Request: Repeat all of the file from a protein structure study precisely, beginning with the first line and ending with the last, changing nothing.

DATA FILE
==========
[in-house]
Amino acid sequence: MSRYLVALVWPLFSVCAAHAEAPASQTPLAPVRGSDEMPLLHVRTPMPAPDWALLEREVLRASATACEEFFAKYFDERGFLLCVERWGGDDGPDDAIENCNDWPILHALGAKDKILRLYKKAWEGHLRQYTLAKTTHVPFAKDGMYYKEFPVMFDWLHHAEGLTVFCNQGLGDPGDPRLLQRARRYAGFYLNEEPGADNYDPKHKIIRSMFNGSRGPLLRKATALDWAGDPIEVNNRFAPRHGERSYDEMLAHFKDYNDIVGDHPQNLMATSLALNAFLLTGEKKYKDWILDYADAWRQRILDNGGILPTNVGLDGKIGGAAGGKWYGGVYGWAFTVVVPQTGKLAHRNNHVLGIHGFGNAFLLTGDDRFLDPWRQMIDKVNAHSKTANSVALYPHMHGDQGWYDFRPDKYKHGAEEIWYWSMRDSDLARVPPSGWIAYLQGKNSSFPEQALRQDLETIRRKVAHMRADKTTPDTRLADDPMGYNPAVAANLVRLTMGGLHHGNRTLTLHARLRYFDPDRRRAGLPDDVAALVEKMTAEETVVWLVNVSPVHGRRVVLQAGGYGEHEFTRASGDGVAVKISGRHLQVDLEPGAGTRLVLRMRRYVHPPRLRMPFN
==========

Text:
[in-house]
Amino acid sequence: MSRYLVALVWPLFSVCAAHAEAPASQTPLAPVRGSDEMPLLHVRTPMPAPDWALLEREVLRASATACEEFFAKYFDERGFLLCVERWGGDDGPDDAIENCNDWPILHALGAKDKILRLYKKAWEGHLRQYTLAKTTHVPFAKDGMYYKEFPVMFDWLHHAEGLTVFCNQGLGDPGDPRLLQRARRYAGFYLNEEPGADNYDPKHKIIRSMFNGSRGPLLRKATALDWAGDPIEVNNRFAPRHGERSYDEMLAHFKDYNDIVGDHPQNLMATSLALNAFLLTGEKKYKDWILDYADAWRQRILDNGGILPTNVGLDGKIGGAAGGKWYGGVYGWAFTVVVPQTGKLAHRNNHVLGIHGFGNAFLLTGDDRFLDPWRQMIDKVNAHSKTANSVALYPHMHGDQGWYDFRPDKYKHGAEEIWYWSMRDSDLARVPPSGWIAYLQGKNSSFPEQALRQDLETIRRKVAHMRADKTTPDTRLADDPMGYNPAVAANLVRLTMGGLHHGNRTLTLHARLRYFDPDRRRAGLPDDVAALVEKMTAEETVVWLVNVSPVHGRRVVLQAGGYGEHEFTRASGDGVAVKISGRHLQVDLEPGAGTRLVLRMRRYVHPPRLRMPFN